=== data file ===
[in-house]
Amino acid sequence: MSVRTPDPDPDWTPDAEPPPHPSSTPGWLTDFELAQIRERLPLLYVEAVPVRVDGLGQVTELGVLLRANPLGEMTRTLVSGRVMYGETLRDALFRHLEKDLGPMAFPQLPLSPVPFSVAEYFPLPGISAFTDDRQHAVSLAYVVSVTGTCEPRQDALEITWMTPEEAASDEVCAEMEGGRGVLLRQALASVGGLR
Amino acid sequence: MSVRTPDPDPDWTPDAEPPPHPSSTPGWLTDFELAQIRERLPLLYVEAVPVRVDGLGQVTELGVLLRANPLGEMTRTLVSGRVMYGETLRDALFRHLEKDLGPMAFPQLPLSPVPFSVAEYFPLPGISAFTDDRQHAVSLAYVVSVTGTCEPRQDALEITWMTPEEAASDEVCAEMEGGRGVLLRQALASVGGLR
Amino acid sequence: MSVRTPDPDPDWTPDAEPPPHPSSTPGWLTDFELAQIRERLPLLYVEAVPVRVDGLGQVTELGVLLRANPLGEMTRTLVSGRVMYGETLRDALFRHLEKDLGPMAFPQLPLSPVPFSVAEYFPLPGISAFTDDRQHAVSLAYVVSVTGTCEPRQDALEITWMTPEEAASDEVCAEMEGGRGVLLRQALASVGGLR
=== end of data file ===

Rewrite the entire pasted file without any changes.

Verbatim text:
[in-house]
Amino acid sequence: MSVRTPDPDPDWTPDAEPPPHPSSTPGWLTDFELAQIRERLPLLYVEAVPVRVDGLGQVTELGVLLRANPLGEMTRTLVSGRVMYGETLRDALFRHLEKDLGPMAFPQLPLSPVPFSVAEYFPLPGISAFTDDRQHAVSLAYVVSVTGTCEPRQDALEITWMTPEEAASDEVCAEMEGGRGVLLRQALASVGGLR
Amino acid sequence: MSVRTPDPDPDWTPDAEPPPHPSSTPGWLTDFELAQIRERLPLLYVEAVPVRVDGLGQVTELGVLLRANPLGEMTRTLVSGRVMYGETLRDALFRHLEKDLGPMAFPQLPLSPVPFSVAEYFPLPGISAFTDDRQHAVSLAYVVSVTGTCEPRQDALEITWMTPEEAASDEVCAEMEGGRGVLLRQALASVGGLR
Amino acid sequence: MSVRTPDPDPDWTPDAEPPPHPSSTPGWLTDFELAQIRERLPLLYVEAVPVRVDGLGQVTELGVLLRANPLGEMTRTLVSGRVMYGETLRDALFRHLEKDLGPMAFPQLPLSPVPFSVAEYFPLPGISAFTDDRQHAVSLAYVVSVTGTCEPRQDALEITWMTPEEAASDEVCAEMEGGRGVLLRQALASVGGLR